Look through the windows of the restaurant. Do you see cameras, maps, and guidebooks on the tables? Do you see the stereotypical hallmarks of a tourist (gym shoes, backpacks, fanny packs, baseball caps…)?
If you answer yes to the questions above, you may want to think twice about choosing that place for a meal.
The best meals you’ll have in Paris are at places who cater to the French.
This is not a judgement on tourists, by the way! I am ALL FOR wearing what makes you comfortable when discovering a new city. Parisians can wear nice shoes and clothes and carry small bags because they’re not walking around outside all day… that’s just the way of the world!
However, you can use those stereotypes to your advantage when trying to avoid a restaurant that caters primarily to tourists.
4. Check the menu
With very few exceptions, Paris restaurants always display their menus (often in the window or door of the restaurant). This is great for checking if they serve something you will want to eat. But menus can also tell you so much more.
First thing to check: is the displayed menu translated into English? If so, you’re at a place that caters to tourists.
I know this seems frustrating. Not everyone learns French before coming to France (and you shouldn’t be expected to!). How are you going to know what the restaurant serves if you can’t understand the menu?
Rest assured that the servers or the chef will be able to translate for you. There are also some pretty nifty smartphone apps to help you translate (check this list of useful apps to get before your trip).
Second thing to check: is the menu huge? If you see more than around 6 options for each course, this is a sign that a lot of the food is kept in the freezer. (Yikes.)
Good Parisian restaurants will have only a handful of options for each course (appetizers, main dish, and dessert). The reason is not only due to smaller restaurant sizes (more on that in a minute) and hence smaller storage space. More importantly, it’s due to the importance of fresh and seasonal ingredients to any chef worth their salt!
Third thing to check: Are there bright flashy signs outside the restaurant? Do they advertise menu prices, or “English Spoken”? If so, you’re once again at a place that caters to tourists.
Again, it’s not that you are 100% going to end up with a bad meal if you go to a restaurant that caters to tourists. But if you want better food at more appropriate prices, you should do your best to avoid places like that.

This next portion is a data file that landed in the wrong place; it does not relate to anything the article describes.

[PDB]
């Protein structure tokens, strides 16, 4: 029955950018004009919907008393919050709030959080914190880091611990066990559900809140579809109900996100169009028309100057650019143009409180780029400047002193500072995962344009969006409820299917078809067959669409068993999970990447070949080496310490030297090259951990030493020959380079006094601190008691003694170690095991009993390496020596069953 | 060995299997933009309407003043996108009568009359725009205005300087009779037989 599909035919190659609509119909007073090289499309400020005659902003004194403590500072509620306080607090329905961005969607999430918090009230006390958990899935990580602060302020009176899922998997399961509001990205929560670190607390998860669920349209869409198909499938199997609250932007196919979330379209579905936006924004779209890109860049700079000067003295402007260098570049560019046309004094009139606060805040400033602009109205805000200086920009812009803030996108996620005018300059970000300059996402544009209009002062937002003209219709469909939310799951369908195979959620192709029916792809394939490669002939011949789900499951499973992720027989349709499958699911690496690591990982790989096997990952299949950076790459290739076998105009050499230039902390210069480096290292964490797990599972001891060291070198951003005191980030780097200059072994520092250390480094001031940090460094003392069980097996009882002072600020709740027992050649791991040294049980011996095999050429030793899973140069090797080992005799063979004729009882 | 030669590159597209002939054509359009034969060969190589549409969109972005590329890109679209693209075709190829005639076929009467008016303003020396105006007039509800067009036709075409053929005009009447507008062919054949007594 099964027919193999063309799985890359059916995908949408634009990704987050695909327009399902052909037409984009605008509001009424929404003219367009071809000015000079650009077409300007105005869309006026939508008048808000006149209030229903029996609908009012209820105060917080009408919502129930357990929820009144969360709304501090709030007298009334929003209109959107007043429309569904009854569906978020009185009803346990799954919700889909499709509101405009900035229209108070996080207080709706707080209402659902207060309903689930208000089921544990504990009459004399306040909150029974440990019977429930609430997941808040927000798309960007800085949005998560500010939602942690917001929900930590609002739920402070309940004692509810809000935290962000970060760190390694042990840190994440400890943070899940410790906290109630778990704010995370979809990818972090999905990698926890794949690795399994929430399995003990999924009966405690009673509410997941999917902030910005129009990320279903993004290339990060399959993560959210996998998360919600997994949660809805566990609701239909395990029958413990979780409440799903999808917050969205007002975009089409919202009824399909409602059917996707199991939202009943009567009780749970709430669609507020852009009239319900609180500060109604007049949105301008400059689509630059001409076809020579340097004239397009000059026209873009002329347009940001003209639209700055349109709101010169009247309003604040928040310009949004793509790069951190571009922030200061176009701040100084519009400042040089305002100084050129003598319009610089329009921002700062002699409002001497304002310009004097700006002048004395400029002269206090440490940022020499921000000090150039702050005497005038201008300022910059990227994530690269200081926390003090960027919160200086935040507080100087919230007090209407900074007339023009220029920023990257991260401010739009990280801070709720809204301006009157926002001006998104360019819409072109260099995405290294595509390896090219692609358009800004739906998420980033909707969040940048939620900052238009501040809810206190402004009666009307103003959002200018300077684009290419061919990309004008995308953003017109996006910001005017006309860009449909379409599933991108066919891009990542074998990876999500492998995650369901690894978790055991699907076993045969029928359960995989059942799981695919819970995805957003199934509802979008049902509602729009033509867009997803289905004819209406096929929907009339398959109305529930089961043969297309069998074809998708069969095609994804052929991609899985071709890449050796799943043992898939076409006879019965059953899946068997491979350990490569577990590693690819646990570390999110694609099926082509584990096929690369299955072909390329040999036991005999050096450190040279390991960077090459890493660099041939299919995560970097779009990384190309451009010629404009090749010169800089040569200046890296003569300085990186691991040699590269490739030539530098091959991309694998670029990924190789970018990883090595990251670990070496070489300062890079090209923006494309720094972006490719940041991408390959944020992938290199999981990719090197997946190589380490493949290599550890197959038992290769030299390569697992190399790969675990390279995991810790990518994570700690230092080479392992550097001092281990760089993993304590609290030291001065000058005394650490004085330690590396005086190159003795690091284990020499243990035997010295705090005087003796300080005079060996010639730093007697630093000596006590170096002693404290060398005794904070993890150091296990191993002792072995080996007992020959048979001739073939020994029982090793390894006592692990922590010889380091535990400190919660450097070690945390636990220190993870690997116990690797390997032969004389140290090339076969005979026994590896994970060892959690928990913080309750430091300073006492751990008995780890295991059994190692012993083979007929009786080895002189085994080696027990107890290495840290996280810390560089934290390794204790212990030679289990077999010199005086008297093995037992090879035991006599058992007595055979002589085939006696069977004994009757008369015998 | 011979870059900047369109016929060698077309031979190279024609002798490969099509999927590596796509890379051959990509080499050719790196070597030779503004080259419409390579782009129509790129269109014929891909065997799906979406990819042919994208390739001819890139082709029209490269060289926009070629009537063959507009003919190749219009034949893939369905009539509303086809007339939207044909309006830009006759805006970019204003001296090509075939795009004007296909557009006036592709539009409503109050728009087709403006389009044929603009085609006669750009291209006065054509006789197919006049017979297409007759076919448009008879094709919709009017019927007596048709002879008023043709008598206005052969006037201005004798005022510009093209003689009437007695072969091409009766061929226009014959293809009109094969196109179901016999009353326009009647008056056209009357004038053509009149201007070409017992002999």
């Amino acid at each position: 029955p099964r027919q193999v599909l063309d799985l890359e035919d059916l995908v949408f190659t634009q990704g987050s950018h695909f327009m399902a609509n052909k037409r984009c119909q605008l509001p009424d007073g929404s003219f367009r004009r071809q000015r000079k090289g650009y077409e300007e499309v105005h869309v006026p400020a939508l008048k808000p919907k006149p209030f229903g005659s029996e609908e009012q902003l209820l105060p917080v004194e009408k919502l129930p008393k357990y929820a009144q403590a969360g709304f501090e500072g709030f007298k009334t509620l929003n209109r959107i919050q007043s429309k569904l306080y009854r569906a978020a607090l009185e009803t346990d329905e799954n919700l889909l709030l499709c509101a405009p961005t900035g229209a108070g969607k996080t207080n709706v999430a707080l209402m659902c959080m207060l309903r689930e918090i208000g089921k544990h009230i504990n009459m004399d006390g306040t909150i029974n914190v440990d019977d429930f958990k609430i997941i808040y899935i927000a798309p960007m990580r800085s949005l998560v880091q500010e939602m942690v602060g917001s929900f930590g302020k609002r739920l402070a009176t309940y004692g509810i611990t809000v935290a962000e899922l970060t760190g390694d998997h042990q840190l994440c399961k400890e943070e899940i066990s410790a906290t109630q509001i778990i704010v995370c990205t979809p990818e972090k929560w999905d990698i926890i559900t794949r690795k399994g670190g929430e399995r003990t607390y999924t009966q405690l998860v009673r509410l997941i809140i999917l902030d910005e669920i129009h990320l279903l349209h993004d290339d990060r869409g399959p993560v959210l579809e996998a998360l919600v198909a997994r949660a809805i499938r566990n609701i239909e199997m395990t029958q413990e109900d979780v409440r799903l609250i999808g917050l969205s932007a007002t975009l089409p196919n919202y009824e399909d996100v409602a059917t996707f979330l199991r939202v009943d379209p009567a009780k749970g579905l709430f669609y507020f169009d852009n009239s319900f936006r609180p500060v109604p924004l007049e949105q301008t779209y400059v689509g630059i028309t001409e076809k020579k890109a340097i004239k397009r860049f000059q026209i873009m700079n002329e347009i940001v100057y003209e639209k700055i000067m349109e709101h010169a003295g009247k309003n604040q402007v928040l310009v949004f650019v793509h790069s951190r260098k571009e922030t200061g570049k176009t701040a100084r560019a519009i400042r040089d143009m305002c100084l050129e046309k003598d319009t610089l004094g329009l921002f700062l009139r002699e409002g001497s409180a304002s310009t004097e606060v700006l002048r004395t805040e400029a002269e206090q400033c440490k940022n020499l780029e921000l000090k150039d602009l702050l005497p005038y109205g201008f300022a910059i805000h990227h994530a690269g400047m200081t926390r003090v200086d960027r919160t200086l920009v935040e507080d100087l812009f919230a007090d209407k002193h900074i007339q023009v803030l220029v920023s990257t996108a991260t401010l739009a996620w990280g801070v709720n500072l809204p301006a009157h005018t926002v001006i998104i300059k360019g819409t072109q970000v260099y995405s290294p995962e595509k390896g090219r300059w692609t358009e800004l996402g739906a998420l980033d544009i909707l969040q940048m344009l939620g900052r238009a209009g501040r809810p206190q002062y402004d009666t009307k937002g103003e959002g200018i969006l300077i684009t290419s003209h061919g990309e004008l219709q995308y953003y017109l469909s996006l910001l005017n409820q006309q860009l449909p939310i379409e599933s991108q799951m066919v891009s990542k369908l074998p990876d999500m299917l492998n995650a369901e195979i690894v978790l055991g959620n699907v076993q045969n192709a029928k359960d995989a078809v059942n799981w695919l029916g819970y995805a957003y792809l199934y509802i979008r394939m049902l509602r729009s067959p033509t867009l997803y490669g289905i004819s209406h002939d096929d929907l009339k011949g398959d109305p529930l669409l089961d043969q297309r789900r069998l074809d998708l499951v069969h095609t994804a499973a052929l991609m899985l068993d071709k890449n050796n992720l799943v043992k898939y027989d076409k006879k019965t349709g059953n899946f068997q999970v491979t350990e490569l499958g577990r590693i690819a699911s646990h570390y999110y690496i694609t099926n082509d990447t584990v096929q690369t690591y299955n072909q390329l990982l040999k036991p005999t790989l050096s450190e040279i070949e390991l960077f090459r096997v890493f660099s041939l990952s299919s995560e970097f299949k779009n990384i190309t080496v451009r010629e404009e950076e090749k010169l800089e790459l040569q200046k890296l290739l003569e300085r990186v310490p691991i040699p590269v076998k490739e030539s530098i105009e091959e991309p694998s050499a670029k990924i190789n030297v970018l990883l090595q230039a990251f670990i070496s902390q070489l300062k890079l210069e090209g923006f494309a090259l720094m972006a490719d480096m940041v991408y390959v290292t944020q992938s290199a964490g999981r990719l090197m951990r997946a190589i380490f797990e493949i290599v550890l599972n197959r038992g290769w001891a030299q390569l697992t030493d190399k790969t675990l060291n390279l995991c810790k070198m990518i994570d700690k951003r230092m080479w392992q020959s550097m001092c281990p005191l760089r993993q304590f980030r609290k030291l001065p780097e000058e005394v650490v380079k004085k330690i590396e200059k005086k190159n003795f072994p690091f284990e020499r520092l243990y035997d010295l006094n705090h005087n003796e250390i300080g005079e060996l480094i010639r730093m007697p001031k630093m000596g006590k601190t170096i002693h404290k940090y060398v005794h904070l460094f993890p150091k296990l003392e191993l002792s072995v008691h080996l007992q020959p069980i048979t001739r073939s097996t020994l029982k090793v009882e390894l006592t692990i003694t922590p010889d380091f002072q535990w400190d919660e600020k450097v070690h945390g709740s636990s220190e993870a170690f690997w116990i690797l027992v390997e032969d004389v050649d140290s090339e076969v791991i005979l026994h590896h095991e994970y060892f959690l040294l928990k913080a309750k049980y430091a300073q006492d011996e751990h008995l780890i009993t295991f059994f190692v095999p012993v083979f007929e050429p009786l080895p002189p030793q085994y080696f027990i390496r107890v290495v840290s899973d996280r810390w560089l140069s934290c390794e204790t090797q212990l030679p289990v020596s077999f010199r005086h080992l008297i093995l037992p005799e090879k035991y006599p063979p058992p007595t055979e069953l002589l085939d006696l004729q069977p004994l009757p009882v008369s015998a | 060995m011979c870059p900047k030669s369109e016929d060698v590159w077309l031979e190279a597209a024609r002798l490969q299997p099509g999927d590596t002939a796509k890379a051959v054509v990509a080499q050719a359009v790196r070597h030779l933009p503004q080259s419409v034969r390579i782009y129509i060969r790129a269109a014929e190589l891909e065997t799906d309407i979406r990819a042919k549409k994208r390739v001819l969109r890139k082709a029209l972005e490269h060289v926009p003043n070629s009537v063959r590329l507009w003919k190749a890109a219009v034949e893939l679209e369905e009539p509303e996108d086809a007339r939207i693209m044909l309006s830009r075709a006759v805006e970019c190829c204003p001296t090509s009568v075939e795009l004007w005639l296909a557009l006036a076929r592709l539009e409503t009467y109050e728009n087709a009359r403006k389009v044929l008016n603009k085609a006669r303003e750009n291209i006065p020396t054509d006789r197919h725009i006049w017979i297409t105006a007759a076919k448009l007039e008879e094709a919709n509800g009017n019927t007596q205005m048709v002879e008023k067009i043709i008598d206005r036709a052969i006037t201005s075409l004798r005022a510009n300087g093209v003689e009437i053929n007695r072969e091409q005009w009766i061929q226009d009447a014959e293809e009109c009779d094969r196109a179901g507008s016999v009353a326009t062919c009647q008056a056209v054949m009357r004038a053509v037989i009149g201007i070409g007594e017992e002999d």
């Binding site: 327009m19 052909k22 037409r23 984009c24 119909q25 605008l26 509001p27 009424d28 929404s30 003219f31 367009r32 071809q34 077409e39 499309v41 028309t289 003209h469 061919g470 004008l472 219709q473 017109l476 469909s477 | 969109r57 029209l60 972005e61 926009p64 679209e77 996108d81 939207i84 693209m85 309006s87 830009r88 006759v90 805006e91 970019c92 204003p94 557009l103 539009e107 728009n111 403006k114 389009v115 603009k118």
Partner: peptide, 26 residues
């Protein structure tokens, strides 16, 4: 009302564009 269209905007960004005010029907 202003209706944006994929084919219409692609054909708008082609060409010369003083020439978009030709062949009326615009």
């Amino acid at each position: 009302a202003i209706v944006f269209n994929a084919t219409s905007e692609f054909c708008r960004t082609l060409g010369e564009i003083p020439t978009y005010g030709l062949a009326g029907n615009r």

One more thing to check: many good French restaurants have daily specials: “plat du jour”. Often in North America these are ingredients the restaurant needs to get rid of because they are going bad. However in Paris, the “plat du jour” tends to be the freshest, most season menu options. The chef will go to the market and pick up ingredients that are seasonal, and create a dish based on that. If you see “plat du jour” written on chalkboard, this is usually a good sign.
5. Pay attention to the time.
Sometimes travelers (notably North Americans) are surprised at the timing of French meals. Parisians typically eat lunch around 1 or 1:30pm, and dinner around 8:30 or 9pm. Most French restaurants do not even open until 7 or 7:30pm.
So if you see a cafe, brasserie, or bistro that is full of munching clients at 5 or 6pm, this is a place you might want to avoid.
Basically, you’re looking for a place that is pretty empty around noon and 7:30pm. That doesn’t mean it will fill up of course! It’s just one more detail to pay attention to in addition to the rest of these tips.
If you find yourself getting hungry before those typical-dining hours, of course most cafes and brasseries will be open and will have snacks like cheese plates, salads, and croque-monsieurs. But a better bet than that? Find a bakery, grab a sandwich or quiche, and grab a seat on a bench or at one of Paris’ many gorgeous parks! Tip: look for a true bakery, not one that is a combo panini/crepe joint (their bread is usually not made and baked on-site).
6. Listen to locals (but not all of them)
If you’re staying in an apartment rental, ask your host. Seriously, don’t be afraid to pick their brain about restaurants! Going out to eat on a regular basis is actually pretty affordable in Paris – you can get a super high-quality meal for 30 euros, if you know where to look. Many, many Parisians take advantage of that. And most are willing to share their favorite spots if you let them know you’re interested!
If you’re in a hotel, my one piece of advice would be to double check hotel concierge references. This is especially true if the hotel tells you to mention the referral. (They might be getting a kick-back, encouraging them to recommend an address they normally would not.)
People LOVE giving their opinions.